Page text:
This will have been a formal dinner at an Oxford University college – note the ‘dons and fellows’. Reference to Canterbury and Dolphin Quads suggests this will have been St John’s College. According to Wikipedia, Canterbury Quad is the first example of Italian Renaissance architecture in Oxford. It was completed in 1636.

This is news to me, although it is probably originally in her memoir Blue Remembered Hills: the name Esca for the slave in Rosemary Sutcliff’s The Eagle of the Ninth comes from Victorian novelist Whyte-Melville’s The Gladiators. Rosemary’s mother used to read her this aloud.

Image

  • Source: Talcroft, B. L. (1995). Death of the corn king: King and goddess in Rosemary Sutcliff’s historical fiction for young adults. Metuchen, N.J: Scarecrow Press.

Veronica Horwell wrote about the life and writing of historical novelist and writer for children and young adults Rosemary Sutcliff with affectionate insight in The Guardian newspaper shortly after her death in 1992.

Rosemary Sutcliff did not spare the child, the raven and the wolf gorging on the battlefield dead. No softening, or cheapening, of violence. When you opened her books, you went easily with her into the days she described so immediately: she noticed the rhythms of rain on glass as children do, felt the same warm amazement at snow. You might not know what was this cake called a barley bannock they seemed always to eat in her books, but you recognised the domestic concentration at dinner-cooking time.

And then you would gulp her titles—“Please Miss, have you got any more by ‘er?”—past bedtime, in the last of the summer afterglow. You were caught: and she did not let you off the actual shape of life and death. The fear, the physical pain, the disappointments, the ageing, the dying. (There was an afternoon, I remember, when the brutal end of the Norseman warrior Ari Knudson of The Shield Ring bleached out the heat of a holiday sun, and another, bleaker, when nothing seemed real but the Roman legionary, turned renegade, speaking his very last Latin words and saluting The Eagle of the Ninth before fading into another misty life.)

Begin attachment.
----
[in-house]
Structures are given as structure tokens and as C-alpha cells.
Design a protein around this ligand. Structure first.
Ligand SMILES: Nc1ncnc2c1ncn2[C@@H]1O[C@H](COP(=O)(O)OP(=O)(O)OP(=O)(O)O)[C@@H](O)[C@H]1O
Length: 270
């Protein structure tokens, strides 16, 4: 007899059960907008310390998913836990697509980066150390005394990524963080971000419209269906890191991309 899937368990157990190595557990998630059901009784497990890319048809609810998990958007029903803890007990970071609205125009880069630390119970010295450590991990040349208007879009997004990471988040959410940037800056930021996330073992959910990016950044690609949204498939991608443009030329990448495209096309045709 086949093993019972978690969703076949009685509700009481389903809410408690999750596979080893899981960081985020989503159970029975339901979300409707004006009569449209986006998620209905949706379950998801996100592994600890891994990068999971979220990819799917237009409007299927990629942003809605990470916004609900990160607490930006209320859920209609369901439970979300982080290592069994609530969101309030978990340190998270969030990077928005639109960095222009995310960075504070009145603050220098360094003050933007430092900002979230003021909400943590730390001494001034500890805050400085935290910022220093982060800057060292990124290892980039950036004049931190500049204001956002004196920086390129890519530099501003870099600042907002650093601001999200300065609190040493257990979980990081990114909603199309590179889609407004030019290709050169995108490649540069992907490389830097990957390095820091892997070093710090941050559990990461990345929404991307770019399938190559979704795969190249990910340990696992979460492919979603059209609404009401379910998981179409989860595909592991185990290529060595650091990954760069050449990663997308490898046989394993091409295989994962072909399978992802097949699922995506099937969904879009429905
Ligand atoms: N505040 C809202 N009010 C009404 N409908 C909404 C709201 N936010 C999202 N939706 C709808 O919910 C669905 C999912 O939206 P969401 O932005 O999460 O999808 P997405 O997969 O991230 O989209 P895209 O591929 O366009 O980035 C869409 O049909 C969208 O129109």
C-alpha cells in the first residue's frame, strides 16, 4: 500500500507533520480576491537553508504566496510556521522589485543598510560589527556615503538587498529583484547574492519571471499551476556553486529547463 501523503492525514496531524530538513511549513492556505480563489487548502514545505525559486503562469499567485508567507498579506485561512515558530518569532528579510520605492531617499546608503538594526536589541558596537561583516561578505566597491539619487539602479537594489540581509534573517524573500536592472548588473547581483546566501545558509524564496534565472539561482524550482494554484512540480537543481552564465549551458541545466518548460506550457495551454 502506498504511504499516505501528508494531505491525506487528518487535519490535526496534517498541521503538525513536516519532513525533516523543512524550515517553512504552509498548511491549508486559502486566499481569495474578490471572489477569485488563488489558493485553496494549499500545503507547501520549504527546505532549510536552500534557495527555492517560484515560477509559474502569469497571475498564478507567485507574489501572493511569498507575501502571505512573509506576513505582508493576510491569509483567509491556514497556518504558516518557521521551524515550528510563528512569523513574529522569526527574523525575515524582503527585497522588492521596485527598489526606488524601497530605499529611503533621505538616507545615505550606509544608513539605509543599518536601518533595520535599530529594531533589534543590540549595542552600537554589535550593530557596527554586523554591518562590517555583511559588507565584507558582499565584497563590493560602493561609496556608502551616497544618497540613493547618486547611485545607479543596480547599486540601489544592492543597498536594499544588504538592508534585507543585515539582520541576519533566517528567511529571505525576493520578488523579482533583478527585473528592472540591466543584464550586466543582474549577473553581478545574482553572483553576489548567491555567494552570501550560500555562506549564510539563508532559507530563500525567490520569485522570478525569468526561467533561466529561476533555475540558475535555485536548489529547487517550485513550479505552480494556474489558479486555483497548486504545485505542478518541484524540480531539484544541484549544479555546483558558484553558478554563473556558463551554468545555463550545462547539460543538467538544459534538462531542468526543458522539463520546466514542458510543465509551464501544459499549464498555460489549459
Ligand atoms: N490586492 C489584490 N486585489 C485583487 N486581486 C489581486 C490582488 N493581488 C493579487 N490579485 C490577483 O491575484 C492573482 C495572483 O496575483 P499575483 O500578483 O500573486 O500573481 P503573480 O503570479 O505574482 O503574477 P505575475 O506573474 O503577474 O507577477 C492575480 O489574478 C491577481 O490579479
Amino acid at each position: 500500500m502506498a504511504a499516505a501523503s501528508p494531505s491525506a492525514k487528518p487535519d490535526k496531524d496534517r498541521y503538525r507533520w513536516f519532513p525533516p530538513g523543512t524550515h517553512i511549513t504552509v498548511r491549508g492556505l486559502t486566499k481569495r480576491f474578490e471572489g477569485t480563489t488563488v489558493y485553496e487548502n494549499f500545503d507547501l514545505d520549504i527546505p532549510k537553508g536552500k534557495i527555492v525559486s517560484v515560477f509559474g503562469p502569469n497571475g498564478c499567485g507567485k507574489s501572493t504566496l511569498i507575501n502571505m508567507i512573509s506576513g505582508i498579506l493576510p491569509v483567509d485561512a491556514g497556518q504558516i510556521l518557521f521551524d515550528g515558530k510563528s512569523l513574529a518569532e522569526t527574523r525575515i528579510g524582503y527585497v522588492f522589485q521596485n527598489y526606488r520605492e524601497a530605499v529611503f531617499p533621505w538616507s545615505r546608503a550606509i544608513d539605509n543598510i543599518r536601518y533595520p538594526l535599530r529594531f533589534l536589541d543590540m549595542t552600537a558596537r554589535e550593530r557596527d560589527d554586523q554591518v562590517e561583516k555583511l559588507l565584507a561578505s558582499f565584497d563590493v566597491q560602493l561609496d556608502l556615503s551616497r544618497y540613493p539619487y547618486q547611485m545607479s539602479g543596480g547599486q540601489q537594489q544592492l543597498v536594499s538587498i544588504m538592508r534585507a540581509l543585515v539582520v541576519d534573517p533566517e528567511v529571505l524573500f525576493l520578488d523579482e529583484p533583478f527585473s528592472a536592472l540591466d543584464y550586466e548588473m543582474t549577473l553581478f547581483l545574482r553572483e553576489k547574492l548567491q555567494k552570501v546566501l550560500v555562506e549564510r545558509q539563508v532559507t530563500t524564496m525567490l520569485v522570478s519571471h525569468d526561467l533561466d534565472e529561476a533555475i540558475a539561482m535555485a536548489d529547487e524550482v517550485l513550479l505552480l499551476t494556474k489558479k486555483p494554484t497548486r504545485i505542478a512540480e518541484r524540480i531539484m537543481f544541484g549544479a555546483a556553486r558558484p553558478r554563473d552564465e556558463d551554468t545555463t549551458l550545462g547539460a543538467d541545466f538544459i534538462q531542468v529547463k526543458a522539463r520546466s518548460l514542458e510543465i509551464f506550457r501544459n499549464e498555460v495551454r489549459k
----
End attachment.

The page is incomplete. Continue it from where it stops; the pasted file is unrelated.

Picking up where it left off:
She did not assume you were ever too young to know the powerful, if frightening, truth—that nothing iswholly new, even the brief freshness of a new generation; that continual change, but also repetition, are history. We do not tell children these things so much now: we do not recount the generations. But reading her, you waited excitedly for that Roman ring with a dolphin cut in its emerald which runs in a thread of lineal descent from book to book, from life to life.So history was lives? It was always different, always the same, and the pattern only visible after? Those who read Sutcliff don’t recall formally learning about the gods Adonis, Mithras, Lugh of the Shining Spear and the Christos: we seem always to have known them. Years of art history never made as clear as she did, in two pages, the difference in the souls of cultures between the rigid ornament of Rome and the Celtic patterns that flow and whorl like life itself. You had access through her, as never since through the heritage industry, into time past when it was time present. When the archaeologist Catherine Hills once noted that the battered Roman eagle found at Silchester was probably awaiting the contempt of the scrap furnace, she did sadly, almost apologetically. For her, as for the rest of us, he seemed a talisman of the knowledge of that departed civilisation, restored to his story by Sutcliff. And the Sutcliff story was, as legends are, almost closer to a truth.